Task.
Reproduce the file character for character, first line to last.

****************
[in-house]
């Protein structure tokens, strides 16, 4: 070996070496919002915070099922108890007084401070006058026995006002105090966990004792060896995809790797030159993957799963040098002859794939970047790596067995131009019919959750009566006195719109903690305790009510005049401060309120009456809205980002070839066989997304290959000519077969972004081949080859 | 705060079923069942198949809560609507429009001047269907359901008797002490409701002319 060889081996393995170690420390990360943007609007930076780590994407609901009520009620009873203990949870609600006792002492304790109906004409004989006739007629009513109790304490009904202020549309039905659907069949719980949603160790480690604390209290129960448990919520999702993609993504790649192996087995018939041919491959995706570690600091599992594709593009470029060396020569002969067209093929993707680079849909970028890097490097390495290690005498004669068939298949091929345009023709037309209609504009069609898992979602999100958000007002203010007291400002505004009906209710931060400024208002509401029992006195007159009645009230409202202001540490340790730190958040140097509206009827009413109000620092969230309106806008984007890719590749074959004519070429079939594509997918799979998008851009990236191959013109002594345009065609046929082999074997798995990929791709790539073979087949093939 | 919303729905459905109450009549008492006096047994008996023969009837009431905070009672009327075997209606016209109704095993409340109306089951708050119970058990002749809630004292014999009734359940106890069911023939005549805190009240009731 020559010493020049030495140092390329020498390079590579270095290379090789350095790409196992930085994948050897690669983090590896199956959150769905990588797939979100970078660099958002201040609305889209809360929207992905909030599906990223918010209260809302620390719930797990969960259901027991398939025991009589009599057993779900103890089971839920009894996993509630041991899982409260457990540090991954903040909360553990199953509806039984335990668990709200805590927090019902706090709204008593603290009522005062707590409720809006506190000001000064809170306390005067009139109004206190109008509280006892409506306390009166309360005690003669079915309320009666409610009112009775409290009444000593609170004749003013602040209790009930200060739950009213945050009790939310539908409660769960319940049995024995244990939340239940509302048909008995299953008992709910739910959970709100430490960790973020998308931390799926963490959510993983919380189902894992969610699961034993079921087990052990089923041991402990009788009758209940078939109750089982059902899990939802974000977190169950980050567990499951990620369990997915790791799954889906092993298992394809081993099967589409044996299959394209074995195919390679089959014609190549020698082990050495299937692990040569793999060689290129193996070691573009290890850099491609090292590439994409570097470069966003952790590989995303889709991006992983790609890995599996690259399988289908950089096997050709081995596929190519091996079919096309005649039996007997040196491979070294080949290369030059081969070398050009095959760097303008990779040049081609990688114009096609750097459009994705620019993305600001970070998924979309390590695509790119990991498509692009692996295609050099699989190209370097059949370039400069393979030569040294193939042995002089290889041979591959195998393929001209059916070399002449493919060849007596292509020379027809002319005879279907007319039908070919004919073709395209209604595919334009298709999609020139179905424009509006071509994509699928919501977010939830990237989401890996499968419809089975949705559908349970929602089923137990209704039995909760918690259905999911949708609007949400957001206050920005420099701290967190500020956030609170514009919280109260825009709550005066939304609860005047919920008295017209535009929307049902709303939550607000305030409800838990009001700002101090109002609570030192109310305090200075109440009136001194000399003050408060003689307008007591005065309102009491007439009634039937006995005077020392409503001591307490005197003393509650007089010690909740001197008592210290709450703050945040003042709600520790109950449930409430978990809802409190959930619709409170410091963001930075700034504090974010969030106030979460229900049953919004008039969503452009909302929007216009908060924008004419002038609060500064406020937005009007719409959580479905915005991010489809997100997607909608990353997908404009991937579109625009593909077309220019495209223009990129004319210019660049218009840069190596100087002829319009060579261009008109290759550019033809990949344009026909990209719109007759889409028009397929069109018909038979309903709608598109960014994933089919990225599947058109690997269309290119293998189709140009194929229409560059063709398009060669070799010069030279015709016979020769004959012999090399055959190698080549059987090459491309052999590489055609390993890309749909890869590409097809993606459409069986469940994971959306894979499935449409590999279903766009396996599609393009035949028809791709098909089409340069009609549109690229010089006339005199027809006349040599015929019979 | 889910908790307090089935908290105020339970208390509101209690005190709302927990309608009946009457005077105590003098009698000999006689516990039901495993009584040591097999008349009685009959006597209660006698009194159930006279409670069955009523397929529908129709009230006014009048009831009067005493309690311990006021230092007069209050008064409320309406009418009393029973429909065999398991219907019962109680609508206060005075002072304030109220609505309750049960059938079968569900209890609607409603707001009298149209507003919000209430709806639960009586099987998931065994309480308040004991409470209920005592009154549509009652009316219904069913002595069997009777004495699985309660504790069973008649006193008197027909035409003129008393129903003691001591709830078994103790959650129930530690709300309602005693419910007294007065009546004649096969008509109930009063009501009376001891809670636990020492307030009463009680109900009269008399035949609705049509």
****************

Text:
[in-house]
């Protein structure tokens, strides 16, 4: 070996070496919002915070099922108890007084401070006058026995006002105090966990004792060896995809790797030159993957799963040098002859794939970047790596067995131009019919959750009566006195719109903690305790009510005049401060309120009456809205980002070839066989997304290959000519077969972004081949080859 | 705060079923069942198949809560609507429009001047269907359901008797002490409701002319 060889081996393995170690420390990360943007609007930076780590994407609901009520009620009873203990949870609600006792002492304790109906004409004989006739007629009513109790304490009904202020549309039905659907069949719980949603160790480690604390209290129960448990919520999702993609993504790649192996087995018939041919491959995706570690600091599992594709593009470029060396020569002969067209093929993707680079849909970028890097490097390495290690005498004669068939298949091929345009023709037309209609504009069609898992979602999100958000007002203010007291400002505004009906209710931060400024208002509401029992006195007159009645009230409202202001540490340790730190958040140097509206009827009413109000620092969230309106806008984007890719590749074959004519070429079939594509997918799979998008851009990236191959013109002594345009065609046929082999074997798995990929791709790539073979087949093939 | 919303729905459905109450009549008492006096047994008996023969009837009431905070009672009327075997209606016209109704095993409340109306089951708050119970058990002749809630004292014999009734359940106890069911023939005549805190009240009731 020559010493020049030495140092390329020498390079590579270095290379090789350095790409196992930085994948050897690669983090590896199956959150769905990588797939979100970078660099958002201040609305889209809360929207992905909030599906990223918010209260809302620390719930797990969960259901027991398939025991009589009599057993779900103890089971839920009894996993509630041991899982409260457990540090991954903040909360553990199953509806039984335990668990709200805590927090019902706090709204008593603290009522005062707590409720809006506190000001000064809170306390005067009139109004206190109008509280006892409506306390009166309360005690003669079915309320009666409610009112009775409290009444000593609170004749003013602040209790009930200060739950009213945050009790939310539908409660769960319940049995024995244990939340239940509302048909008995299953008992709910739910959970709100430490960790973020998308931390799926963490959510993983919380189902894992969610699961034993079921087990052990089923041991402990009788009758209940078939109750089982059902899990939802974000977190169950980050567990499951990620369990997915790791799954889906092993298992394809081993099967589409044996299959394209074995195919390679089959014609190549020698082990050495299937692990040569793999060689290129193996070691573009290890850099491609090292590439994409570097470069966003952790590989995303889709991006992983790609890995599996690259399988289908950089096997050709081995596929190519091996079919096309005649039996007997040196491979070294080949290369030059081969070398050009095959760097303008990779040049081609990688114009096609750097459009994705620019993305600001970070998924979309390590695509790119990991498509692009692996295609050099699989190209370097059949370039400069393979030569040294193939042995002089290889041979591959195998393929001209059916070399002449493919060849007596292509020379027809002319005879279907007319039908070919004919073709395209209604595919334009298709999609020139179905424009509006071509994509699928919501977010939830990237989401890996499968419809089975949705559908349970929602089923137990209704039995909760918690259905999911949708609007949400957001206050920005420099701290967190500020956030609170514009919280109260825009709550005066939304609860005047919920008295017209535009929307049902709303939550607000305030409800838990009001700002101090109002609570030192109310305090200075109440009136001194000399003050408060003689307008007591005065309102009491007439009634039937006995005077020392409503001591307490005197003393509650007089010690909740001197008592210290709450703050945040003042709600520790109950449930409430978990809802409190959930619709409170410091963001930075700034504090974010969030106030979460229900049953919004008039969503452009909302929007216009908060924008004419002038609060500064406020937005009007719409959580479905915005991010489809997100997607909608990353997908404009991937579109625009593909077309220019495209223009990129004319210019660049218009840069190596100087002829319009060579261009008109290759550019033809990949344009026909990209719109007759889409028009397929069109018909038979309903709608598109960014994933089919990225599947058109690997269309290119293998189709140009194929229409560059063709398009060669070799010069030279015709016979020769004959012999090399055959190698080549059987090459491309052999590489055609390993890309749909890869590409097809993606459409069986469940994971959306894979499935449409590999279903766009396996599609393009035949028809791709098909089409340069009609549109690229010089006339005199027809006349040599015929019979 | 889910908790307090089935908290105020339970208390509101209690005190709302927990309608009946009457005077105590003098009698000999006689516990039901495993009584040591097999008349009685009959006597209660006698009194159930006279409670069955009523397929529908129709009230006014009048009831009067005493309690311990006021230092007069209050008064409320309406009418009393029973429909065999398991219907019962109680609508206060005075002072304030109220609505309750049960059938079968569900209890609607409603707001009298149209507003919000209430709806639960009586099987998931065994309480308040004991409470209920005592009154549509009652009316219904069913002595069997009777004495699985309660504790069973008649006193008197027909035409003129008393129903003691001591709830078994103790959650129930530690709300309602005693419910007294007065009546004649096969008509109930009063009501009376001891809670636990020492307030009463009680109900009269008399035949609705049509």